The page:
the agent man writes: Researchers at the University of Colorado have been running the worlds largest study exploring how to integrate computer science education through game design in public schools. Over 10,000 students (45% women) from some of the most diverse, most isolated, toughest and poorest schools in the USA participated in making games and STEM simulations. The researchers have developed a strategy to reach an extraordinarily high percentage of students by making game design based computer science education part of existing “computing” middle school courses. Sadly these courses typically focus on rather boring topics such as keyboarding and gaining Microsoft Office skills. Instead of just exposing a handful of self-selected students in after school programs the curriculum called Scalable Game Design exposes a large number of students (in some middle schools 350 students per year, per school) to computer science. The focus of the paper presented at the 2013 SIGCSE conference and part of the National Science Foundation showcase is the exploration of sustainability. If federal grants are used to train and support teachers, how likely will it be for schools participating in the research to continue or even move beyond the goals of the training once the support stops? How many of the schools start with game design and later manage to transfer these skills to STEM simulation creation? The data collected over a period of four years and with more than 10,000 games and simulations produced by students suggests that 81% of schools have advanced beyond the basic requirement. That is, teachers and students have created more, and in most cases more advanced, games and simulations than they were trained to do. Researchers also analyzed motivational and skill data to investigate interaction between pedagogy and motivation relevant to broadening participation and to look for evidence of transfer between game design and science simulation creation. Scalable Game Design is based on the AgentSheets and AgentCubes game design and simulation creation tools.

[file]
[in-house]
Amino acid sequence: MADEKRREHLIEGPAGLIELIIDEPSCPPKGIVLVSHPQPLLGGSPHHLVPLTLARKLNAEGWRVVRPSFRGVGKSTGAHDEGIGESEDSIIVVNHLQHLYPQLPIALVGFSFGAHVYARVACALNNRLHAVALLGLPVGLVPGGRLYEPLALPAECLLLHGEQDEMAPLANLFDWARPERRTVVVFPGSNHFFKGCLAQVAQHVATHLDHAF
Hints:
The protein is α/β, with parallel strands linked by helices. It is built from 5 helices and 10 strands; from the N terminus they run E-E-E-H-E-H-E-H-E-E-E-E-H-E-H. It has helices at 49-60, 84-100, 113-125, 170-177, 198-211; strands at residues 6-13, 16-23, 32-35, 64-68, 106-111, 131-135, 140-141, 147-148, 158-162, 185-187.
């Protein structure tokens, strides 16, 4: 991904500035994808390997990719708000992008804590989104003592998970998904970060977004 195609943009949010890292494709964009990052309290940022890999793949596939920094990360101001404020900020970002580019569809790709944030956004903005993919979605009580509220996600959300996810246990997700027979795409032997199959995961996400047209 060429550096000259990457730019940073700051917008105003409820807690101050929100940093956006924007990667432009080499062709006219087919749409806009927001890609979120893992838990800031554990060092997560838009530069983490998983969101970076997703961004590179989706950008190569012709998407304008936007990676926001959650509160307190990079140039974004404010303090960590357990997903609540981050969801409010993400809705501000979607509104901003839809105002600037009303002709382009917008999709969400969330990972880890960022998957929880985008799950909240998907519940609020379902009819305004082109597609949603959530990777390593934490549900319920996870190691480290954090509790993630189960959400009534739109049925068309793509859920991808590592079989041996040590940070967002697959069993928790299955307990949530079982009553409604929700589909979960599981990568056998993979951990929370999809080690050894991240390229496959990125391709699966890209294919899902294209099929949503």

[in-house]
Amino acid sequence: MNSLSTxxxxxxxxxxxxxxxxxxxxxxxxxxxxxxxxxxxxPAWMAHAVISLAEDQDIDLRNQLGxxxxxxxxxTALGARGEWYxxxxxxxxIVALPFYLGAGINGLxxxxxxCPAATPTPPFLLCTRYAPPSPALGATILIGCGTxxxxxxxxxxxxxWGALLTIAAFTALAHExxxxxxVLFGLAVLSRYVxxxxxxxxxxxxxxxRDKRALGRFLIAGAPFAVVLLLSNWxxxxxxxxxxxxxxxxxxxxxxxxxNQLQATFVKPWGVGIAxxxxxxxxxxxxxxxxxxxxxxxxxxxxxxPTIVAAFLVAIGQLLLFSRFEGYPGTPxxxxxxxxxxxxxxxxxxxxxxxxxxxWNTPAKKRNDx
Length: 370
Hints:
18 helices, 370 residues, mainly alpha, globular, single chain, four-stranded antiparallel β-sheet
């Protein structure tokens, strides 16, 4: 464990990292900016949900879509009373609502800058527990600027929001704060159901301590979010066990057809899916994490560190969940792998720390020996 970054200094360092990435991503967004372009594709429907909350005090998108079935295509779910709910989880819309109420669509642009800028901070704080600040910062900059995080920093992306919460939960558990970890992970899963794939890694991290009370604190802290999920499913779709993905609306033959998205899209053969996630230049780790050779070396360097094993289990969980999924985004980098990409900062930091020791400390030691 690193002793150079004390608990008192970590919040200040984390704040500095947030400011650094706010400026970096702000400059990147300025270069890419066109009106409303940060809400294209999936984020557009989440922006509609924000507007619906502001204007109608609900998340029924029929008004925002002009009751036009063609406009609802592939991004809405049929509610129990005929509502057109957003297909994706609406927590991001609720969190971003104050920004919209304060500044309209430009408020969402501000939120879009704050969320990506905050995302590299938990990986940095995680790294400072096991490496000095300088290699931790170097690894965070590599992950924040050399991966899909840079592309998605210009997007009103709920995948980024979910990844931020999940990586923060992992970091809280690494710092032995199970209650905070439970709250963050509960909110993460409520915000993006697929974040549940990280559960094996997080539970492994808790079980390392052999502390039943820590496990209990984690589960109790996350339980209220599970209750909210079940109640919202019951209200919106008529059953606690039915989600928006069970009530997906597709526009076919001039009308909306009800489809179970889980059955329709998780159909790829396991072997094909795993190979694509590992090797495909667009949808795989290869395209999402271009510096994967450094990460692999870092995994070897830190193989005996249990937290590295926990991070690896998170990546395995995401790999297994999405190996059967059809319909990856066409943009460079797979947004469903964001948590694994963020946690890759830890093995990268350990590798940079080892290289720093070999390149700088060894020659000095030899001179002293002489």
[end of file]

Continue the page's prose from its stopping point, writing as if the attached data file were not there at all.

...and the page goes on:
The world is moving so fast these days that the man who says it can't be
done is generally interrupted by someone doing it.
-- E. Hubbard